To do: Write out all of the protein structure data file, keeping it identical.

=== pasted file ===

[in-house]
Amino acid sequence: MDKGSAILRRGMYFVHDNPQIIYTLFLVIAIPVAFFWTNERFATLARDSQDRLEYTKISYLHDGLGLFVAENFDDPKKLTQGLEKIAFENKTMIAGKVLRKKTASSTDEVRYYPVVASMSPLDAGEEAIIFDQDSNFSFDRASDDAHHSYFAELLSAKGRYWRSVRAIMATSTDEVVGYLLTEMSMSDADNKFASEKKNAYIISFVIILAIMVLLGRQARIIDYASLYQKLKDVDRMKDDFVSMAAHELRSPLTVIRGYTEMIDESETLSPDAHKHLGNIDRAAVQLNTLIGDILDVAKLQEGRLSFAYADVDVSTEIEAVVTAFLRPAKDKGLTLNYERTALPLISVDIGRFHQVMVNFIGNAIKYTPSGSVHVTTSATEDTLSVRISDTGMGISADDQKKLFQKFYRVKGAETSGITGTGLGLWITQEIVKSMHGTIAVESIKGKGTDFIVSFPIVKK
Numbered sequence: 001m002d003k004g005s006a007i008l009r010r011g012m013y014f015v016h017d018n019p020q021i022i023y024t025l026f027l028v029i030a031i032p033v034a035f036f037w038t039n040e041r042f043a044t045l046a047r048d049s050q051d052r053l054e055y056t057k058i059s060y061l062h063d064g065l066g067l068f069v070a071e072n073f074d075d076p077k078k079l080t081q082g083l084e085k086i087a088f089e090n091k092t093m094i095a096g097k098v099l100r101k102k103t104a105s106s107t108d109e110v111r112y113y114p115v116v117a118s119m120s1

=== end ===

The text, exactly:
[in-house]
Amino acid sequence: MDKGSAILRRGMYFVHDNPQIIYTLFLVIAIPVAFFWTNERFATLARDSQDRLEYTKISYLHDGLGLFVAENFDDPKKLTQGLEKIAFENKTMIAGKVLRKKTASSTDEVRYYPVVASMSPLDAGEEAIIFDQDSNFSFDRASDDAHHSYFAELLSAKGRYWRSVRAIMATSTDEVVGYLLTEMSMSDADNKFASEKKNAYIISFVIILAIMVLLGRQARIIDYASLYQKLKDVDRMKDDFVSMAAHELRSPLTVIRGYTEMIDESETLSPDAHKHLGNIDRAAVQLNTLIGDILDVAKLQEGRLSFAYADVDVSTEIEAVVTAFLRPAKDKGLTLNYERTALPLISVDIGRFHQVMVNFIGNAIKYTPSGSVHVTTSATEDTLSVRISDTGMGISADDQKKLFQKFYRVKGAETSGITGTGLGLWITQEIVKSMHGTIAVESIKGKGTDFIVSFPIVKK
Numbered sequence: 001m002d003k004g005s006a007i008l009r010r011g012m013y014f015v016h017d018n019p020q021i022i023y024t025l026f027l028v029i030a031i032p033v034a035f036f037w038t039n040e041r042f043a044t045l046a047r048d049s050q051d052r053l054e055y056t057k058i059s060y061l062h063d064g065l066g067l068f069v070a071e072n073f074d075d076p077k078k079l080t081q082g083l084e085k086i087a088f089e090n091k092t093m094i095a096g097k098v099l100r101k102k103t104a105s106s107t108d109e110v111r112y113y114p115v116v117a118s119m120s1